We’re delighted to be hosting our very own Rosemont Cardigan Knit-A-Long on the Kelbourne Woolens Blog. The Rosemont Cardigan, by Hannah Fettig, features Terra in Nettle and is a great way to stay warm during the last few months of winter.
The other day in the office we were comparing torso lengths and discussing how some garments hit us differently based on our body type, bust size, and height. These differences in measurements can change how a garment fits, feels, and looks. With some simple techniques, you can tailor your garment to fit you just right.
Due to the construction of Rosemont, adding or subtracting length is pretty simple – you either knit more or fewer inches depending on your desired finished length as compared to the schematic in the pattern. A nice tip to figure out how long you want your sweater to be is to measure the length from the armpit to hemline on one of your favorite garments. Then, compare that number to the measurement on the Rosemont schematic, and adjust the amount of knitting accordingly. Keep in mind, though, the yarn requirements given only take into account the yardage required for the length specified in the pattern, so, if you are looking to add length to your Rosemont, you may need another ball of yarn!
In 2013, Amy Herzog released Knit to Flatter, a guide to knitting wardrobe staples that truly fit your body shape. In the book she discusses the different body types and how the shape of you final knitted garment can adjust to fit your shape. A couple of weeks ago, Amy discussed waist shaping on her blog, and how simple it actually is! Here’s the steps Amy lays out for integrating waist shaping into your pattern:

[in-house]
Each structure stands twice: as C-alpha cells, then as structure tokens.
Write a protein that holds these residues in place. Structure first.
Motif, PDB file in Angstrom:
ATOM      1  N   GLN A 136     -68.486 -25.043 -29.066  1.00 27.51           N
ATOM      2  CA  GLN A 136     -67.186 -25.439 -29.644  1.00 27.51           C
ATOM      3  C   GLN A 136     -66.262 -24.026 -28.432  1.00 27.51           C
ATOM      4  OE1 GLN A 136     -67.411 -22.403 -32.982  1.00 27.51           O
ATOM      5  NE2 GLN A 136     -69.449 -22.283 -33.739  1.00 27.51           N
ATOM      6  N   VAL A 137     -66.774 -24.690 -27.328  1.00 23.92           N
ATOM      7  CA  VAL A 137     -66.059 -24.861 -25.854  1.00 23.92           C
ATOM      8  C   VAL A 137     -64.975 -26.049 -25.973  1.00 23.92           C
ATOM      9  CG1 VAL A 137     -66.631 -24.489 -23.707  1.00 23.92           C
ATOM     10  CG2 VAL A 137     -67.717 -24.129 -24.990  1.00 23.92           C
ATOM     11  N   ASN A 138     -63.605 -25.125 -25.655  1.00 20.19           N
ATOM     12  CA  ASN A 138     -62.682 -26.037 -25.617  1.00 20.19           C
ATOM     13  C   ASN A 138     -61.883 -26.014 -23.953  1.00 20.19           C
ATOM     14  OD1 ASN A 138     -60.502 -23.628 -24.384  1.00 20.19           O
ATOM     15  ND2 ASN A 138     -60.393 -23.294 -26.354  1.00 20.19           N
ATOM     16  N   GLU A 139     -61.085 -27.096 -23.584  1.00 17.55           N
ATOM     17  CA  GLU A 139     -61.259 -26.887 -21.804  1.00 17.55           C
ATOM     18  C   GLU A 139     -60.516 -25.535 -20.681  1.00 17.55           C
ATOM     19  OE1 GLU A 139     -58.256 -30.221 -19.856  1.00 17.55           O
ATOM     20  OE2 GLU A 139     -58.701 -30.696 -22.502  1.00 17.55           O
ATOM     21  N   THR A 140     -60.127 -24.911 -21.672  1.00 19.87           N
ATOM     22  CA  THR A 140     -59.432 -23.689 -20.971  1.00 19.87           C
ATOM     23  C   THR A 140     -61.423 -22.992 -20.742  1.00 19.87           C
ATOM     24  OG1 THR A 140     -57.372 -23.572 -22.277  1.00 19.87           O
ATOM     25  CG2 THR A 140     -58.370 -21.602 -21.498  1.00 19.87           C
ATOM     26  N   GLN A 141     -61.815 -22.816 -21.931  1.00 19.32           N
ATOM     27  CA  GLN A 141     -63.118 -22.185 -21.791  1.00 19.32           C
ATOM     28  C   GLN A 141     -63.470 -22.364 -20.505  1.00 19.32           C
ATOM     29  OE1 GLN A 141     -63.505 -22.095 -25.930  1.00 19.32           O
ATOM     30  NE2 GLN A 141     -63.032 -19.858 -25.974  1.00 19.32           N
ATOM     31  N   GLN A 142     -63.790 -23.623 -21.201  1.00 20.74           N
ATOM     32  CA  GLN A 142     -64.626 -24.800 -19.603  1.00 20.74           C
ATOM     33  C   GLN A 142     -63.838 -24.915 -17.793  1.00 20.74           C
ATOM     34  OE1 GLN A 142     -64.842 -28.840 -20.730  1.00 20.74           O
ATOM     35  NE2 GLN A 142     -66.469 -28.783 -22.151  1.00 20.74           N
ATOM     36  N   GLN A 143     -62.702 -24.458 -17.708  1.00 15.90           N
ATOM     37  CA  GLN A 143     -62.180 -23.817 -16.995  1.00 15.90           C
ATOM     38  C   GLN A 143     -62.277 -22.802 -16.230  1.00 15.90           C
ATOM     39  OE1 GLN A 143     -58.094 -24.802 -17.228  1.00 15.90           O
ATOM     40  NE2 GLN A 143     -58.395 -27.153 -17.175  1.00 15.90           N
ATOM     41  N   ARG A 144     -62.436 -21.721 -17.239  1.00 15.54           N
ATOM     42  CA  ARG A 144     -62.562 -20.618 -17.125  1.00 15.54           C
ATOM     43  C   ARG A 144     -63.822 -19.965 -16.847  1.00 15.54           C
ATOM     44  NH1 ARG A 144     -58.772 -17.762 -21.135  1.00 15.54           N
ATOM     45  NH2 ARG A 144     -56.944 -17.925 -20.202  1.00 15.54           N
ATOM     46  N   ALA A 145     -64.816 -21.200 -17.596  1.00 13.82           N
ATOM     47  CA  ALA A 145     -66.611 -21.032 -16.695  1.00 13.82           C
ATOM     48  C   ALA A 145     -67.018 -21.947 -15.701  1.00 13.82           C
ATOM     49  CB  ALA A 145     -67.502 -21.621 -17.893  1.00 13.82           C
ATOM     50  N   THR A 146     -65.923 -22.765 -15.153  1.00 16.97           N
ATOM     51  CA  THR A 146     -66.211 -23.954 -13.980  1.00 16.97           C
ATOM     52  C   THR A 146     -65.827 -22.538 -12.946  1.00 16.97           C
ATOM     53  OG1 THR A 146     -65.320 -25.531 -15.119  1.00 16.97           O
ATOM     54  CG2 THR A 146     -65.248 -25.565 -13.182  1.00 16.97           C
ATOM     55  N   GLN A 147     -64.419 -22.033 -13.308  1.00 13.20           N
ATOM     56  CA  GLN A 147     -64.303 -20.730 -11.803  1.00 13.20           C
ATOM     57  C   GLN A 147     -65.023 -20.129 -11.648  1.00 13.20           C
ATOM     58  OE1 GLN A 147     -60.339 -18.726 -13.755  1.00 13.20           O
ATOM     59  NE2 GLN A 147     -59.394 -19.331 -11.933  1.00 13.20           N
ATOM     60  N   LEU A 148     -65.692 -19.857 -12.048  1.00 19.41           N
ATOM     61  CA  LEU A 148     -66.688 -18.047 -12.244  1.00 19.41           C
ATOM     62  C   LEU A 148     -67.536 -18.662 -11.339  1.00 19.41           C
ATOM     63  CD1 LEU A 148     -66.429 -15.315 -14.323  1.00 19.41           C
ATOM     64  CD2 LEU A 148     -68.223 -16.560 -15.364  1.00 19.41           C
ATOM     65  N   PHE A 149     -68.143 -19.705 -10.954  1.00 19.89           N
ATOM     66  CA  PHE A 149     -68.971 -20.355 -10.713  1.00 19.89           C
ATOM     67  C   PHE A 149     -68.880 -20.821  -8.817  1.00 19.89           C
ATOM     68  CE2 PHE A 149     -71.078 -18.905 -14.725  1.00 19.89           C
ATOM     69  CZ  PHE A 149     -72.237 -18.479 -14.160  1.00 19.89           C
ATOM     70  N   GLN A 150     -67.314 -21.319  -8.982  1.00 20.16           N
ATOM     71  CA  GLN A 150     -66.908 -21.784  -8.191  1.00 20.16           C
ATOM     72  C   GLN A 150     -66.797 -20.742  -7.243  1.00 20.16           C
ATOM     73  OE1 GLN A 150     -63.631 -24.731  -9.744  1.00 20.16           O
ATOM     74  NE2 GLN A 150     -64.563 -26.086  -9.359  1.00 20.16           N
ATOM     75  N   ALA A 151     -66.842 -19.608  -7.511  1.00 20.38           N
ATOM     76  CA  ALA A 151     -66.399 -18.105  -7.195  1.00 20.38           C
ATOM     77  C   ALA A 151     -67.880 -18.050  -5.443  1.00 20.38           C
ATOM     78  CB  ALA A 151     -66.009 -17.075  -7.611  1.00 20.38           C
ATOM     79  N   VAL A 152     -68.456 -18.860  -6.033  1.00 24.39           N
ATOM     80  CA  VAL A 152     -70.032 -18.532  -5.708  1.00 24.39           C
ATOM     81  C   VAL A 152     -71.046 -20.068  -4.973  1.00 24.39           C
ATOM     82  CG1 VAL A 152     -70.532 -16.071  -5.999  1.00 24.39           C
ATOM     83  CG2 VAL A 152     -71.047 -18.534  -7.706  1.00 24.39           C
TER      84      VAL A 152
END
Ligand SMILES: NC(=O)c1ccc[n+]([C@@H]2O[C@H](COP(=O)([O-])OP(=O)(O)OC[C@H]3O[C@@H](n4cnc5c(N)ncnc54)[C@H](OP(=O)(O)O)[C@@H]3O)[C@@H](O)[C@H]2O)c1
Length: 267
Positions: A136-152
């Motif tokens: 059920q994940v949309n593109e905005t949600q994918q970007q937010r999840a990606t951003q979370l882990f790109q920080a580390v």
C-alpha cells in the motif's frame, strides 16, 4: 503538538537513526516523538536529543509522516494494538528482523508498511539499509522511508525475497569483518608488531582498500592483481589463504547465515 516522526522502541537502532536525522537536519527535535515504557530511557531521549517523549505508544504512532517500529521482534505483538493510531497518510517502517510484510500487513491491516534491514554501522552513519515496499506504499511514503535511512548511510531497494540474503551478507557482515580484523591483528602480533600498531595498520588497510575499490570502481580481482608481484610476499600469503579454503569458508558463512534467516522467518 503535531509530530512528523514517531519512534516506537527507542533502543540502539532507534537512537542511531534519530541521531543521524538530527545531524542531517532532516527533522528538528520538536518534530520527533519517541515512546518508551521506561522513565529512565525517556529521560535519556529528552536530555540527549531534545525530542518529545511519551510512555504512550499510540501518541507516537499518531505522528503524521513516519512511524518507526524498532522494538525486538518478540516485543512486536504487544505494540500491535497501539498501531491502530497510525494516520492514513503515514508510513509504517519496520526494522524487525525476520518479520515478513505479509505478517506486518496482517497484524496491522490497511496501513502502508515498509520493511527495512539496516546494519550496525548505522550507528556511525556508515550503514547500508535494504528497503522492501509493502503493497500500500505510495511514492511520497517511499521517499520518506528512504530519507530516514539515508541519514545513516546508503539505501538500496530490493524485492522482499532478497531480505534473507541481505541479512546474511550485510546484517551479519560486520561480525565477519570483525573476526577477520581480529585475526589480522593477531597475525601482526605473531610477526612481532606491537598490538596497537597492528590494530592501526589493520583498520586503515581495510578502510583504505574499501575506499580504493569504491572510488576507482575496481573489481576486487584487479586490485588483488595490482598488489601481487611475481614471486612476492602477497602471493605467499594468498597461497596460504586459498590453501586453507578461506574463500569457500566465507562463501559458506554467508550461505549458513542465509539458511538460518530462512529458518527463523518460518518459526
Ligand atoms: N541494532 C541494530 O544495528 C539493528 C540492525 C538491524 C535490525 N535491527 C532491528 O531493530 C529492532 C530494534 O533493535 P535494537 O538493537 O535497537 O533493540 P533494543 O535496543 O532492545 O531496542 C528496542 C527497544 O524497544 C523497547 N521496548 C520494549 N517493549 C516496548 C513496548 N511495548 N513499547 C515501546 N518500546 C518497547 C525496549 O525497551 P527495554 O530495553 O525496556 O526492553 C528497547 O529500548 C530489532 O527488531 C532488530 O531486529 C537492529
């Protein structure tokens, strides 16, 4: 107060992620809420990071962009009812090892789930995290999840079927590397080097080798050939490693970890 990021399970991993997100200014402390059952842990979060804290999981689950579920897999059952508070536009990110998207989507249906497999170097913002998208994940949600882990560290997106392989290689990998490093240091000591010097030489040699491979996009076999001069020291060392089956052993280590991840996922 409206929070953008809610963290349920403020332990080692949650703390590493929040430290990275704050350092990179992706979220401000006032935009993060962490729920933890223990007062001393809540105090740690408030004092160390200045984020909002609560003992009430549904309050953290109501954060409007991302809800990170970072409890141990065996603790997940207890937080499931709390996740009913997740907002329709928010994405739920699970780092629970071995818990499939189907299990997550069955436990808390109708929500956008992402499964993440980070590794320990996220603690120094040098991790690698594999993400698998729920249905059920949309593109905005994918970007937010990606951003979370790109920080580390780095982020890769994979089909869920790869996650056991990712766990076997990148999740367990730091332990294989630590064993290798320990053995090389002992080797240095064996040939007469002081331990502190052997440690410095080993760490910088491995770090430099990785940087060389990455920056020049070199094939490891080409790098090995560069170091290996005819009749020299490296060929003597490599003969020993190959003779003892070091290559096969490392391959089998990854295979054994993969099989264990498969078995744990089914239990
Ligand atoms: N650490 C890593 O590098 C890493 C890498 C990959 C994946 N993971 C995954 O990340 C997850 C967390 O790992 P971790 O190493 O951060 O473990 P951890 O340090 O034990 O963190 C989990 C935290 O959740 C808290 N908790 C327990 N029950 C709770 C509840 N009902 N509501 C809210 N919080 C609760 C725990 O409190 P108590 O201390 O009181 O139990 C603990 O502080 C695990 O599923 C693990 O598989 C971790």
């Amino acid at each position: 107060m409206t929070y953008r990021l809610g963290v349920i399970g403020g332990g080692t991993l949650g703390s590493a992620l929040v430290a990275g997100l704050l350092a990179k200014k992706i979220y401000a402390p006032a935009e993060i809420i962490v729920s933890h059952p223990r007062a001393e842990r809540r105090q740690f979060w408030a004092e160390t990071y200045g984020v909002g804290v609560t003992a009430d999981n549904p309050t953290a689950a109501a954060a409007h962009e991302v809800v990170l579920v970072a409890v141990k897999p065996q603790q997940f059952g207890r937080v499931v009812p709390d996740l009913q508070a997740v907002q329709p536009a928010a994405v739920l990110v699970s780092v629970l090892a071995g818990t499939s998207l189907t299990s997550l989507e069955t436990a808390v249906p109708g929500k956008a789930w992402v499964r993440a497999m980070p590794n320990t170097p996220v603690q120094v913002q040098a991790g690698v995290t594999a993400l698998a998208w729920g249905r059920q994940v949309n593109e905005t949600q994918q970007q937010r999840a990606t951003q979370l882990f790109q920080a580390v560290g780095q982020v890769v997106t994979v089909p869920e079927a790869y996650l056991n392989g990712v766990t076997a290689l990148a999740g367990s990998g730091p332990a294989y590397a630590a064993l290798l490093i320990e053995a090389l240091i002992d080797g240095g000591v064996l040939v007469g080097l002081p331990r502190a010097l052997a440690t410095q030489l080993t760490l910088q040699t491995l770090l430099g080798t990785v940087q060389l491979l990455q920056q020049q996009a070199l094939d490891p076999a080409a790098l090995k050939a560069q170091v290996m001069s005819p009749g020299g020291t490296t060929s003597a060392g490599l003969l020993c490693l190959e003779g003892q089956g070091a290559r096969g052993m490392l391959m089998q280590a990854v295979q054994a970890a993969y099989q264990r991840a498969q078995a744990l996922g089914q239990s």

- If your pattern is written with no waist shaping at all, the first thing to do is decide how many stitches you’d like to remove. You’ll work half as many decrease rows as you have stitches to remove.
- Calculate the number of rows you have for shaping by taking the sweater length to your waist, removing the height of any trim, and multiplying by your row gauge.
- Divide the total number of rows by the number of shaping rows. This is how often you’ll work your shaping.
- Once you know your rate of shaping, place markers and shape as directed above.
For more information about Amy Herzog and Knit to Flatter, head on over to her website here!
With these methods in mind, will you do some modifications to your Rosemont Cardigan? For my Rosemont Cardigan, I’m not going to add waist shaping, because I like the oversized nature of the cardigan itself, but if you’re looking for a little shaping go for it! Next week we’ll be discussing picking-up those armhole stitches and starting our sleeves, with some interesting tips and tricks to help those seams.
Don’t forget to show us your progress on your Rosemont using the #RosemontKAL tag on your social media site and head on over to the Ravelry group for discussion about the pattern! Now, time to finish the body of my cardigan!